US Virginia Senate allows state banks to offer crypto custody services

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The United States Senate of Virginia unanimously approved a request to amend a bill that would now allow traditional banks operating in the Commonwealth of Virginia to offer virtual currency custody services.

Representative Christopher T. Head introduced a bill (House Act 263) back in January 2022 and demanded an amendment to allow qualifying banks to offer cryptocurrency deposit services:

“A bank can provide virtual currency deposit services to its customers if the bank has 26 relevant protocols in place to effectively manage risk and comply with applicable laws.”
The bill passed the Senate by a vote of 39 to 0 and is expected to be signed into law by Virginia Gov. Glenn Youngkin. Banks intending to offer this service to customers will have to comply with three specific requirements set out in the law – to implement effective risk management systems, to have adequate insurance coverage, and to run a supervisory program to address the risks associated with cryptocurrencies.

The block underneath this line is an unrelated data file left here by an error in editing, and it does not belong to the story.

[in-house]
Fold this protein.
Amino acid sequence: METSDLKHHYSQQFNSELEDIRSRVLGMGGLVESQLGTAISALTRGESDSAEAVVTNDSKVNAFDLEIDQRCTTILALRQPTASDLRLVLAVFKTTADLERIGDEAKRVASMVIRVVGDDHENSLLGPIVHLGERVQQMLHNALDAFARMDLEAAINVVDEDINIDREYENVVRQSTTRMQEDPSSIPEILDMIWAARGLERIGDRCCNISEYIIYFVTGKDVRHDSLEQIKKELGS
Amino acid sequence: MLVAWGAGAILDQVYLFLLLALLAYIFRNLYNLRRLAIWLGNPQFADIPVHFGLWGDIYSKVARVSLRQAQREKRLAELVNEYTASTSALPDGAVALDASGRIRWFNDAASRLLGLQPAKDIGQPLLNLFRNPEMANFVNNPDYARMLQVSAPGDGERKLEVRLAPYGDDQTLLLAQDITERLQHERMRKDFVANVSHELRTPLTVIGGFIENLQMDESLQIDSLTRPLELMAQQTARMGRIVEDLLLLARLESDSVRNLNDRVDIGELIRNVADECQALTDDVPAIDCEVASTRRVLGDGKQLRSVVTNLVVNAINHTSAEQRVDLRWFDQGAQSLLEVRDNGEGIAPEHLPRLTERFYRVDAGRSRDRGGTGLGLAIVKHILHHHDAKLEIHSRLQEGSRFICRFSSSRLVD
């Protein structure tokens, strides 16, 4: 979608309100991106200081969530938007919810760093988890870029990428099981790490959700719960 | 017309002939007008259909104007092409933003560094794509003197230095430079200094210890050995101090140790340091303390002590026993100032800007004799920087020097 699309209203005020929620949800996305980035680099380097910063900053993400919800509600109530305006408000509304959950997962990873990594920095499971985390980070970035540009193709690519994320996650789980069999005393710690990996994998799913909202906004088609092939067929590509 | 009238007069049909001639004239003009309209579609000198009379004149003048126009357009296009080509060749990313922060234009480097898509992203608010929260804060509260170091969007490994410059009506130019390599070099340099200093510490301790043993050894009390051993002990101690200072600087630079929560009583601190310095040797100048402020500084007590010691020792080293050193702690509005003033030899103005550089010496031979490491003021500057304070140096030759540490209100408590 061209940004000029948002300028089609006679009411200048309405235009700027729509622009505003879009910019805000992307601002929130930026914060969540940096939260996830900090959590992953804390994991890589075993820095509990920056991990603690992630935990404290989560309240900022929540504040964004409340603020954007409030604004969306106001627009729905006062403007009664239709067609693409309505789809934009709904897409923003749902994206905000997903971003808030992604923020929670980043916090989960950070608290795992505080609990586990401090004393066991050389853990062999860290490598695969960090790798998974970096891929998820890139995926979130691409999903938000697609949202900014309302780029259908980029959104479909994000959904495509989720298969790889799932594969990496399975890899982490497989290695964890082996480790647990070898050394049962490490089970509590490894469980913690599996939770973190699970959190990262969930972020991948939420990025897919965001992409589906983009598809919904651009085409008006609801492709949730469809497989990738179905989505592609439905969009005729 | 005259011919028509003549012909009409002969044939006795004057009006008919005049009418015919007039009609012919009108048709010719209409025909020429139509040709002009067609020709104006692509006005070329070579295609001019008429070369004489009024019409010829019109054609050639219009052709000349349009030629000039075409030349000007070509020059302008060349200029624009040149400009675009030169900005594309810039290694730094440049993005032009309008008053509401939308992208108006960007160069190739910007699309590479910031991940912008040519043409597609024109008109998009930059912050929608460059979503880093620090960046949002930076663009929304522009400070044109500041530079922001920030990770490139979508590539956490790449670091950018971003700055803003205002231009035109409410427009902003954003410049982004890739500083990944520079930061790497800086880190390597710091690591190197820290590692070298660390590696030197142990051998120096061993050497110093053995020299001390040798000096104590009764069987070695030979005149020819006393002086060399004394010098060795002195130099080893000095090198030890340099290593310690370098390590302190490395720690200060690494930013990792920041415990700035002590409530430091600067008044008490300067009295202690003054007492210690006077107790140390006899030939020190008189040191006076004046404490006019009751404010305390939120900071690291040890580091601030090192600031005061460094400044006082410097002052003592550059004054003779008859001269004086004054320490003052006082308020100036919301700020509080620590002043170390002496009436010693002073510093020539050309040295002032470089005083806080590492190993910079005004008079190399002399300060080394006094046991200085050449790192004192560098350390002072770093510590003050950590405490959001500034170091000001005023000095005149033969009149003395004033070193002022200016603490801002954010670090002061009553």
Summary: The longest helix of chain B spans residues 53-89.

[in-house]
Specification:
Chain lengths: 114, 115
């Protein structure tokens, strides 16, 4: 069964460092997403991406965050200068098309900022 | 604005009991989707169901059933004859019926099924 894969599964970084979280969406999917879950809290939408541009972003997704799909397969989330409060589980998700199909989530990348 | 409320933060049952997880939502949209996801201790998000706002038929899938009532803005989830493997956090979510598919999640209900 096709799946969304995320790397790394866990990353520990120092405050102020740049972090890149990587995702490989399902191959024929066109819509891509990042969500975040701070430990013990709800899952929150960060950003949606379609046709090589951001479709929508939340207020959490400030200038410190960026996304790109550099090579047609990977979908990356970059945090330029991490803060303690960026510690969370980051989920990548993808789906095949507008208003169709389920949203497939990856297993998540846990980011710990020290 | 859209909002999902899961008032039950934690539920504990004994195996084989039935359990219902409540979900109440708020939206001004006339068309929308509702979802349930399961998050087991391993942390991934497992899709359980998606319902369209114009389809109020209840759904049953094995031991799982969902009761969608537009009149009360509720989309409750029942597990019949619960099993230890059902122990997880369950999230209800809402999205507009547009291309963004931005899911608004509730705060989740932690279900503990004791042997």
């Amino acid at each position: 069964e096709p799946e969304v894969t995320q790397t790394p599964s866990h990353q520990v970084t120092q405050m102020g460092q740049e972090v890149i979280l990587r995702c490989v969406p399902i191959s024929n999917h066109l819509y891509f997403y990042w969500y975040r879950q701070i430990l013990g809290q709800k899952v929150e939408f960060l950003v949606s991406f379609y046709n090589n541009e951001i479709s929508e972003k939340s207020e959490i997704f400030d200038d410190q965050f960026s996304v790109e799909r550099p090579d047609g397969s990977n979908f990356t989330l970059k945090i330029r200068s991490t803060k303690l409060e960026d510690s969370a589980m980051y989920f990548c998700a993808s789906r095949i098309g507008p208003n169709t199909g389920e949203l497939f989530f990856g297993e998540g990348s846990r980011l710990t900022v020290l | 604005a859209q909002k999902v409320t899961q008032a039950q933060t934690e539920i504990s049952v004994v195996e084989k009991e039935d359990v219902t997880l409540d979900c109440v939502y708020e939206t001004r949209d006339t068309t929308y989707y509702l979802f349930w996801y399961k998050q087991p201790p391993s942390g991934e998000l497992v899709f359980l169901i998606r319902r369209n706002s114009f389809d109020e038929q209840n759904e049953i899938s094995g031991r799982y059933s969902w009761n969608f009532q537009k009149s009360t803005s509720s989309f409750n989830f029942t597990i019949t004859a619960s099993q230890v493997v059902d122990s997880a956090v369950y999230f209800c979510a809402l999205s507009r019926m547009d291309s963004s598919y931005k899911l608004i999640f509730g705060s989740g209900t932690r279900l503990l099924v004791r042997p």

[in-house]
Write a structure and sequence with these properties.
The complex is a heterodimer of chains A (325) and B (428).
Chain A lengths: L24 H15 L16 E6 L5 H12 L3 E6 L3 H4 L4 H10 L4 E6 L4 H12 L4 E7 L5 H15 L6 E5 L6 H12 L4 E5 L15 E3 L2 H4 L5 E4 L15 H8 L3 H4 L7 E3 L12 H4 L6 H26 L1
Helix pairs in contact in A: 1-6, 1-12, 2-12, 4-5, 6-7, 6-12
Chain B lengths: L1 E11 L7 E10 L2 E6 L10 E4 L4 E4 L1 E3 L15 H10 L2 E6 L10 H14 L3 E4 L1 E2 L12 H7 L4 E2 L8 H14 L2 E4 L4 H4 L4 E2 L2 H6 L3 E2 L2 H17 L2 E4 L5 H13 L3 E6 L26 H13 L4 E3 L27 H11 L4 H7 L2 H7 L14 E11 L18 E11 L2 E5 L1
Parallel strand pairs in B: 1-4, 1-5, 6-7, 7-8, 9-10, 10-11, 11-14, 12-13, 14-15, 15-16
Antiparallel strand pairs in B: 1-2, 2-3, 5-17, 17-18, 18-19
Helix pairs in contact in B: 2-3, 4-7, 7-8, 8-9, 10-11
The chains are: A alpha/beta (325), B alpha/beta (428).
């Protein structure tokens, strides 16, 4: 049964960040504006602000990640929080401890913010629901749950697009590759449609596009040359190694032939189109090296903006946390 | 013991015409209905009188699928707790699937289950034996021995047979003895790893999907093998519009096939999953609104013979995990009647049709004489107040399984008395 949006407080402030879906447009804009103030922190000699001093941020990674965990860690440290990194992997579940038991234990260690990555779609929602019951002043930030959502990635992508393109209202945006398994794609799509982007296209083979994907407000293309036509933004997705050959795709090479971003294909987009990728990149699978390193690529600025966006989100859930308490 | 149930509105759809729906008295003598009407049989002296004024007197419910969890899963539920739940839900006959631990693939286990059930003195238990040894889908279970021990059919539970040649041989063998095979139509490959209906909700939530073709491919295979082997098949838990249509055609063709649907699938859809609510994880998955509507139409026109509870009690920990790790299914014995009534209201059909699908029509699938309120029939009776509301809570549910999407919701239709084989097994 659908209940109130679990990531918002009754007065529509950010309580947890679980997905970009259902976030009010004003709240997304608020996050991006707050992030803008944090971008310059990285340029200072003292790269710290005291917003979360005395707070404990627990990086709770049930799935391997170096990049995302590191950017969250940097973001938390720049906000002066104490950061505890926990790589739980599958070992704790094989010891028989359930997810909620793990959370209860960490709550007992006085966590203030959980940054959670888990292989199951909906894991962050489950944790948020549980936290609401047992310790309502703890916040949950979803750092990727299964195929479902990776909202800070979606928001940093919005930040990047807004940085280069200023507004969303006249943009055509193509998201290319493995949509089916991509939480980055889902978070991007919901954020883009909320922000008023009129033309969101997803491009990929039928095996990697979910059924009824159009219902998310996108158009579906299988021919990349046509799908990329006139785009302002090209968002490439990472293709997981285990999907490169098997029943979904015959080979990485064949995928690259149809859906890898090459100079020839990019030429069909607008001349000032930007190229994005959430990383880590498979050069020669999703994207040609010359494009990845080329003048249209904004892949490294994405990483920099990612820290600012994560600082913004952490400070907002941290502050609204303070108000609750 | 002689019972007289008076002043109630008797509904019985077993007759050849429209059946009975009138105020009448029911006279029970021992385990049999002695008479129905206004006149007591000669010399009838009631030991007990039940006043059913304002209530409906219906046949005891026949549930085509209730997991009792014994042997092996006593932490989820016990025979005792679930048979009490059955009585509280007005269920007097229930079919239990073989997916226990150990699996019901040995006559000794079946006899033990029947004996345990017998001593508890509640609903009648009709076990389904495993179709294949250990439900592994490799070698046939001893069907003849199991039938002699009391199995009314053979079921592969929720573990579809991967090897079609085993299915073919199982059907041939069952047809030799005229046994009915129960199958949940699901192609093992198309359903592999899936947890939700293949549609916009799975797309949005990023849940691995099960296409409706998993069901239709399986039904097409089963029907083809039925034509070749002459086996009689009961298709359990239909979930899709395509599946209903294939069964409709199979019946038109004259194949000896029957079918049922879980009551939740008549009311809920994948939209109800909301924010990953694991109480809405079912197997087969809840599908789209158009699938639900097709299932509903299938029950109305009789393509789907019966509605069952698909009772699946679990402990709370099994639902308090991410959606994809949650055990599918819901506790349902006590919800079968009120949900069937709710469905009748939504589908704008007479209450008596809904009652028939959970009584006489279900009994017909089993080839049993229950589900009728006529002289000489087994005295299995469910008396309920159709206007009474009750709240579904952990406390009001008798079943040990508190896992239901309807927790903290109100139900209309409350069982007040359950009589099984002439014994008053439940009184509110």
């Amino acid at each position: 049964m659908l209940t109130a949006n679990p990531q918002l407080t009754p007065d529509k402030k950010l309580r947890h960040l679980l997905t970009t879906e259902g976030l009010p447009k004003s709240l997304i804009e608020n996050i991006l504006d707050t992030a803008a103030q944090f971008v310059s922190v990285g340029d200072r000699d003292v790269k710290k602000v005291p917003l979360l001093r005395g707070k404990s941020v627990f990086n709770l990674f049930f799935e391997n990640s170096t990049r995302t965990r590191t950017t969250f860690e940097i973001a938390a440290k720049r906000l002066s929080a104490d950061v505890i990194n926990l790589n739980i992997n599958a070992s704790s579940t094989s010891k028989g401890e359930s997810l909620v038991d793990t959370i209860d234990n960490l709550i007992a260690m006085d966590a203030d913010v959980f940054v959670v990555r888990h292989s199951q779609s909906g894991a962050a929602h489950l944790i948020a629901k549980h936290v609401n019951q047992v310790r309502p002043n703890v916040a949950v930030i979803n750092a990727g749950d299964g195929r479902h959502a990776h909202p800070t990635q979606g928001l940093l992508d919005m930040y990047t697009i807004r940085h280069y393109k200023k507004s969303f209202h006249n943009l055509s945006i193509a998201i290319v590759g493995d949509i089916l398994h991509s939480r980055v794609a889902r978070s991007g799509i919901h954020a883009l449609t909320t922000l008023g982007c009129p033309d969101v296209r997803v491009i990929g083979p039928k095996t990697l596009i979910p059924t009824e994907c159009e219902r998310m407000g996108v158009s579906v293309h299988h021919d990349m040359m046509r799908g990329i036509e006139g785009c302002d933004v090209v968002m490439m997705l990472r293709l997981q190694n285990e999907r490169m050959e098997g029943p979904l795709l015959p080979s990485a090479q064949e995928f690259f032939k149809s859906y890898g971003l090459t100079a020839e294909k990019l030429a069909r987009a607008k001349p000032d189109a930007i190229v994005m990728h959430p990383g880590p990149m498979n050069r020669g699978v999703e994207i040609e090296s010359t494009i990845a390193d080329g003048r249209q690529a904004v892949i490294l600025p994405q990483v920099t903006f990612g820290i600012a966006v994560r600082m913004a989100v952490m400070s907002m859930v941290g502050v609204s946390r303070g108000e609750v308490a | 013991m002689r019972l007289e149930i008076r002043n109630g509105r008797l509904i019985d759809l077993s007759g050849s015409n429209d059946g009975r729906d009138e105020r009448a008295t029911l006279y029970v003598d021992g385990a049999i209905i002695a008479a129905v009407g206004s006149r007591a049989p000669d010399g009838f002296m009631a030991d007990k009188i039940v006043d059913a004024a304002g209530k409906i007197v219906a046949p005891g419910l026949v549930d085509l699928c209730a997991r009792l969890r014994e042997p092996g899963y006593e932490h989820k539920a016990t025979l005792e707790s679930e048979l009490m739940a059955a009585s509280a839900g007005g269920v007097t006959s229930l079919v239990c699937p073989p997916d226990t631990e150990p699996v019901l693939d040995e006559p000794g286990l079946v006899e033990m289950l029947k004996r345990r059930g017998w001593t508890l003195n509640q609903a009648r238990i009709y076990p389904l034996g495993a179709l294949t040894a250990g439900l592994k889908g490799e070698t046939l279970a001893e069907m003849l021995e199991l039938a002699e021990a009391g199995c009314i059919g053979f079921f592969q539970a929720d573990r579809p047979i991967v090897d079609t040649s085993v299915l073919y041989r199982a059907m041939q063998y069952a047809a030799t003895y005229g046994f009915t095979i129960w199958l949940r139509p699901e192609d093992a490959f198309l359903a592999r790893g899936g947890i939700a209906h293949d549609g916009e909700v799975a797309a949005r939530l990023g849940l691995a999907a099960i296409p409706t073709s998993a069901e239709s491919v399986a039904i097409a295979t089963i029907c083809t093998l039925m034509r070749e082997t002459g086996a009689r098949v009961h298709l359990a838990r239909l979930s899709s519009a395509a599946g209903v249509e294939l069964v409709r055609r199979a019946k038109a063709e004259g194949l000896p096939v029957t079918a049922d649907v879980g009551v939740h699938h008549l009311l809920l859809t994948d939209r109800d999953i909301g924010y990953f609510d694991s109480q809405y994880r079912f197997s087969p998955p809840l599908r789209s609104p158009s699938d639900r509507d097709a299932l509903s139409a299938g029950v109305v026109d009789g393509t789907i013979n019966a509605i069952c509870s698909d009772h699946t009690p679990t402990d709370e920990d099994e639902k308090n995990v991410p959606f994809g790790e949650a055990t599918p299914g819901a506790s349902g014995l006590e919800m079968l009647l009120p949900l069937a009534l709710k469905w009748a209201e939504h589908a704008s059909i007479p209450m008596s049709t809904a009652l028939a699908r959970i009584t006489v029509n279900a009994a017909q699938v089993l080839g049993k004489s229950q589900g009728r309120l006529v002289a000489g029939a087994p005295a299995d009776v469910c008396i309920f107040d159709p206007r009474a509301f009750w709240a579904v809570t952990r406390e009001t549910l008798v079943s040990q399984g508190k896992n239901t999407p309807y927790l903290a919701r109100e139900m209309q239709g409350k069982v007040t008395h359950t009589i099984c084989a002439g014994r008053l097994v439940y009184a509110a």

However, the Senate will require that bank customers retain direct control over their public and private keys associated with their virtual currency, adding:

“The bank is acting in a trust-building manner and is requiring customers to place their virtual currencies under the control of the bank by generating new private keys that the bank can hold.”
Other states, such as Wyoming, have also recently introduced stablecoin legislation.

Related Topics: US Lawmaker Pushes for Government Regulation of Stacked Coins Listening to Digital Assets

Just last month, the House Financial Services Committee debated whether regulation of stablecoins and digital assets should be considered at the state or federal level.

As a result, North Carolina Representative and Ranking Committee member Patrick McHenry has asked the committee to consider a state-level regulatory framework instead of a comprehensive federal law on stacking coins.

Jean Nili Liang speaks Feb. 8 at a hearing before the House Financial Services Committee.
Citing a report from the President’s Working Group on Financial Markets, Jean Nili Liang, deputy secretary of the Treasury Department at the Treasury Department, said issuers of U.S. dollar-denominated stable currencies—state or federally registered banks—should be subject to the same standards as insured institutions. . .

Source: CoinTelegraph

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